• calcium channel blockers
  • anti depressants

You shouldn’t eat:

  • grapefruit
  • pomelos
  • star fruit
  • Seville oranges or anything made from them such as marmalade 

Your doctor will tell more about this. 

Research samples
You give extra blood samples during the trial. The team take these when you have your routine bloods taken.

Hospital visits

You see the doctor to have tests before taking part. These tests include:

  • a physical examination
  • blood tests
  • urine test
  • heart trace (ECG Open a glossary item)
  • a fresh tissue sample (biopsy) if a previous sample isn’t available 

You see the doctor at the start of treatment and then during treatment at:

  • 1 week
  • 2 weeks 
  • 4 weeks
  • 6 weeks
  • 8 weeks
  • and then every 4 weeks while having treatment

This is for blood tests and to see how you are. 

You have a CT scan and or an MRI scan every 8 weeks. 

You see the doctor at the end of treatment and a month later for blood tests and to see how you are. And then every:

  • 8 weeks for a year
  • 12 weeks until your cancer starts to get worse or you start a new treatment

You have a scan every 8 weeks for the first year and then every 12 weeks.

During treatment if your cancer gets worse you stop treatment and are followed up every 3 months. 

Side effects

The trial team monitor you during treatment and afterwards. Contact your advice line or tell your doctor or nurse if any side effects are bad or not getting better. 

ceralasertib is a new drug and there might be side effects we don’t know about yet. The side effects we do know about is a drop in blood cells that might cause an increased risk of:

  • breathlessness
  • infection
  • bruising and bleeding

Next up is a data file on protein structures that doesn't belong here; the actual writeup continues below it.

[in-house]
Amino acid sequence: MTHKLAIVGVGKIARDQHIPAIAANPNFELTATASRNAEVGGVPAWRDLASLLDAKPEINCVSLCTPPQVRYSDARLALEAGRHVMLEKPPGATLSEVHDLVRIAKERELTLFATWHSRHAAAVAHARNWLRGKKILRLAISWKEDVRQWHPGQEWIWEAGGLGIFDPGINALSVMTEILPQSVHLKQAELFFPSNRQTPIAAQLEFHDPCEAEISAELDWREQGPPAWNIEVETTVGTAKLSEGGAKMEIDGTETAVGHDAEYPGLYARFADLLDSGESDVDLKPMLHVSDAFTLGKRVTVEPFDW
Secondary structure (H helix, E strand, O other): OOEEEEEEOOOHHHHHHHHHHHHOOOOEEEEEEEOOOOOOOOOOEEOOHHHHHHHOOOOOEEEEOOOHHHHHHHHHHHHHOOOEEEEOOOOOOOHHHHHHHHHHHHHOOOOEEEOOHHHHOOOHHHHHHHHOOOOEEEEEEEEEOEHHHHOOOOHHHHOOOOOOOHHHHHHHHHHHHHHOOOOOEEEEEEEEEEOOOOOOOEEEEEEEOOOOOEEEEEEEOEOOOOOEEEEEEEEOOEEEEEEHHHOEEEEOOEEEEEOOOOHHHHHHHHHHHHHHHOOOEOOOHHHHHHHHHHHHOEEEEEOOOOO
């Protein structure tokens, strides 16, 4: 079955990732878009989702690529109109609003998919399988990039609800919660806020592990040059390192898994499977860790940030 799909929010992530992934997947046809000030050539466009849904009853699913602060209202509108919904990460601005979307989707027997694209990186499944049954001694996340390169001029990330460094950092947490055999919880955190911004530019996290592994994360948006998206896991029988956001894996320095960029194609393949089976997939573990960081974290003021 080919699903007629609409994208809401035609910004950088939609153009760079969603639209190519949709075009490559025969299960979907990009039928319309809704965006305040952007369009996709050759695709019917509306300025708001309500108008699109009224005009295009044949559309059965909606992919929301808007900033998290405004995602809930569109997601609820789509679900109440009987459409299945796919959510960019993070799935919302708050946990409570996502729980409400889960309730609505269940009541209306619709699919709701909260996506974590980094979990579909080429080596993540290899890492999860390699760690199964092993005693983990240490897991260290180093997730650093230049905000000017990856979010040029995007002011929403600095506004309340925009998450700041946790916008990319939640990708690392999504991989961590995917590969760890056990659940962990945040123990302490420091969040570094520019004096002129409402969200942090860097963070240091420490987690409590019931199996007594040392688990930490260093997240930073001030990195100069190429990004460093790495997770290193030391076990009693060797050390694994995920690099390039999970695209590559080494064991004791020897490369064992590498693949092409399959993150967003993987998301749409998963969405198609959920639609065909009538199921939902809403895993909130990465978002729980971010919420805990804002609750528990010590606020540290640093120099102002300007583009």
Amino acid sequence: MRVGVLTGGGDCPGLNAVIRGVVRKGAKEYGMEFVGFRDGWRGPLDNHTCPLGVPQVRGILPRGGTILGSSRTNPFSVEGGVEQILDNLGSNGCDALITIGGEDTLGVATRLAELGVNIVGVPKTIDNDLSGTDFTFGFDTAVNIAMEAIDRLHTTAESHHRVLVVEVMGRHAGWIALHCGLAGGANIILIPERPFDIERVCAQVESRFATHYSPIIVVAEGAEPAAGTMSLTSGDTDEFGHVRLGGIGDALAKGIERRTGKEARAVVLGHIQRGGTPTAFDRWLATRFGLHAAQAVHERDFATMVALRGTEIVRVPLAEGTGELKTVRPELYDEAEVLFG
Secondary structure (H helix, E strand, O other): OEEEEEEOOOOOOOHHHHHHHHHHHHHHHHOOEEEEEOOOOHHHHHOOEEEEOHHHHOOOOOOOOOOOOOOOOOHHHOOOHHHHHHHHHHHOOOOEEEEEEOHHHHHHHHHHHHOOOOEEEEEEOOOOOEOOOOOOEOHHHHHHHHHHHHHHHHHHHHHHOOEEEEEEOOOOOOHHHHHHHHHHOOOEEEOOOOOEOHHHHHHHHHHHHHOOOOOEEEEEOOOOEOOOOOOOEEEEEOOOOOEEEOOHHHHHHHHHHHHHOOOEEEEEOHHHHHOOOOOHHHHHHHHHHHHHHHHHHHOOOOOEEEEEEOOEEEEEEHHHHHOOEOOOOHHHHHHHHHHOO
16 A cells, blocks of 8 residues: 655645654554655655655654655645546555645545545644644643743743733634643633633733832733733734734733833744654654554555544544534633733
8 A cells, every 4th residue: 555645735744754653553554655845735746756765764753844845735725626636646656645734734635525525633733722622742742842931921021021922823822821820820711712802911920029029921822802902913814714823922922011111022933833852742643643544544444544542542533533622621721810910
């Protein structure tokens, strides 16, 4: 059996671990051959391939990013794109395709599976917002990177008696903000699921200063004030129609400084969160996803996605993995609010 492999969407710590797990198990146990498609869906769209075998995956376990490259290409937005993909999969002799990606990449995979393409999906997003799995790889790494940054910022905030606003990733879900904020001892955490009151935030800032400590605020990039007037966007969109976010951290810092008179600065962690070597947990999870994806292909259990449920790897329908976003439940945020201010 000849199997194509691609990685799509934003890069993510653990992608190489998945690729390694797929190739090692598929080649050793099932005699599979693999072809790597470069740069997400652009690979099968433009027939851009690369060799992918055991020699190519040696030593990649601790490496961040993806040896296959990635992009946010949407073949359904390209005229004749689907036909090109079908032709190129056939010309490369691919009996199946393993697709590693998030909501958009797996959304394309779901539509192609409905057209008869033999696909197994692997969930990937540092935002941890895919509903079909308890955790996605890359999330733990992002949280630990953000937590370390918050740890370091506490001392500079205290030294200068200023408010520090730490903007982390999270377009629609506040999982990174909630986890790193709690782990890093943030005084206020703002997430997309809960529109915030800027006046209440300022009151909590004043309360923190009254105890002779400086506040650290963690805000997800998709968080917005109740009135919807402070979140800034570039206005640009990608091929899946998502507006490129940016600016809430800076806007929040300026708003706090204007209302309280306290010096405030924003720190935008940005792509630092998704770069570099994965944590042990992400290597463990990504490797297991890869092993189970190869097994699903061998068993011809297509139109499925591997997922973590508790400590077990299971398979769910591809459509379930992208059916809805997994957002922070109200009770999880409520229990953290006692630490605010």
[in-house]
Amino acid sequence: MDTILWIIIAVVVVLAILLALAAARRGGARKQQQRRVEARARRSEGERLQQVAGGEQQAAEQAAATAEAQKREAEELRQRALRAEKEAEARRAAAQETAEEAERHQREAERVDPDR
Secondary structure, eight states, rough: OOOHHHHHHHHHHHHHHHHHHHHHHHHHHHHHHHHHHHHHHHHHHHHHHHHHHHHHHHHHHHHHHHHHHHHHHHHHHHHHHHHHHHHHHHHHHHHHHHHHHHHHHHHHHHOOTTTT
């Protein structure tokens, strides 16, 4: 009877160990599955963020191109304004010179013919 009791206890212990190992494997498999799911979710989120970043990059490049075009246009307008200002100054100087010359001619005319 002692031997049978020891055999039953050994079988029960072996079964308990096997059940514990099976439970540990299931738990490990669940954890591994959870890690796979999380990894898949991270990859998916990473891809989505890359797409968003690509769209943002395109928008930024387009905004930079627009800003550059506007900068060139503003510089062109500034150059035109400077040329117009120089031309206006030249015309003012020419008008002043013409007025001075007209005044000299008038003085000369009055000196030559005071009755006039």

Ceralasertib might also make your skin more sensitive to sunlight. So it is best not to go out in the sunlight too often while having ceralasertib. 

An allergic reaction can happen with all drugs and this can be life threatening. Contact your doctor or the health advice line if you have any of the following that might signs of an allergic reaction:

  • trouble breathing
  • swelling of the face, mouth, lips, tongue, gums or neck

We have information on olaparib

Your doctor or a member of the trial team will talk to you about the possible side effects of ceralasertib and olaparib before you agree to join the trial.

Location

Bath
Edinburgh
Glasgow
London
Manchester

Recruitment start:

Recruitment end:

How to join a clinical trial

Please note: In order to join a trial you will need to discuss it with your doctor, unless otherwise specified.

Please note - unless we state otherwise in the summary, you need to talk to your doctor about joining a trial.

Chief Investigator

Dr Susana Banerjee

Supported by

AstraZeneca
Cancer Research UK
Institute of Cancer Research (ICR)
Lady Garden Foundation

Other information

This is Cancer Research UK trial number is CRUKE/18/014.

Freephone 0808 800 4040

Last review date

CRUK internal database number:

16452

Please note - unless we state otherwise in the summary, you need to talk to your doctor about joining a trial.

Over 60,000 cancer patients enrolled on clinical trials in the UK last year.

Last reviewed:

Rate this page:

Currently rated: 5 out of 5 based on 1 vote
Thank you!
We've recently made some changes to the site, tell us what you think